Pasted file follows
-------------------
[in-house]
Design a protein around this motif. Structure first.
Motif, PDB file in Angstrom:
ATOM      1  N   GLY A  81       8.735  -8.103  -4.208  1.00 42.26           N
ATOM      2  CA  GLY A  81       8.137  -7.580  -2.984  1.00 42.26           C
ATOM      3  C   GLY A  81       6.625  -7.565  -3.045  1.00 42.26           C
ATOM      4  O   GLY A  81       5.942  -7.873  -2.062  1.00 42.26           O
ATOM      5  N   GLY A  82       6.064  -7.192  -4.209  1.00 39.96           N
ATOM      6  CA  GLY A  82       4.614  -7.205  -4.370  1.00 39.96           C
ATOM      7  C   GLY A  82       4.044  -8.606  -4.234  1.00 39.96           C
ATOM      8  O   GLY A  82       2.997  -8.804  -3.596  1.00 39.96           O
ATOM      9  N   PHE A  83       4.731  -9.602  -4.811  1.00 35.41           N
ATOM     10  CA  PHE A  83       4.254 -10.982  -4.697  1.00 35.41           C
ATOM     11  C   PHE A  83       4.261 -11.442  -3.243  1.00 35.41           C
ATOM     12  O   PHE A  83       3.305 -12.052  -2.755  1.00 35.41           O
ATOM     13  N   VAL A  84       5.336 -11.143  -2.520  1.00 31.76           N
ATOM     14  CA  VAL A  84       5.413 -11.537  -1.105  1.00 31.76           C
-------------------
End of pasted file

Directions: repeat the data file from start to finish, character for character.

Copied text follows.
[in-house]
Design a protein around this motif. Structure first.
Motif, PDB file in Angstrom:
ATOM      1  N   GLY A  81       8.735  -8.103  -4.208  1.00 42.26           N
ATOM      2  CA  GLY A  81       8.137  -7.580  -2.984  1.00 42.26           C
ATOM      3  C   GLY A  81       6.625  -7.565  -3.045  1.00 42.26           C
ATOM      4  O   GLY A  81       5.942  -7.873  -2.062  1.00 42.26           O
ATOM      5  N   GLY A  82       6.064  -7.192  -4.209  1.00 39.96           N
ATOM      6  CA  GLY A  82       4.614  -7.205  -4.370  1.00 39.96           C
ATOM      7  C   GLY A  82       4.044  -8.606  -4.234  1.00 39.96           C
ATOM      8  O   GLY A  82       2.997  -8.804  -3.596  1.00 39.96           O
ATOM      9  N   PHE A  83       4.731  -9.602  -4.811  1.00 35.41           N
ATOM     10  CA  PHE A  83       4.254 -10.982  -4.697  1.00 35.41           C
ATOM     11  C   PHE A  83       4.261 -11.442  -3.243  1.00 35.41           C
ATOM     12  O   PHE A  83       3.305 -12.052  -2.755  1.00 35.41           O
ATOM     13  N   VAL A  84       5.336 -11.143  -2.520  1.00 31.76           N
ATOM     14  CA  VAL A  84       5.413 -11.537  -1.105  1.00 31.76           C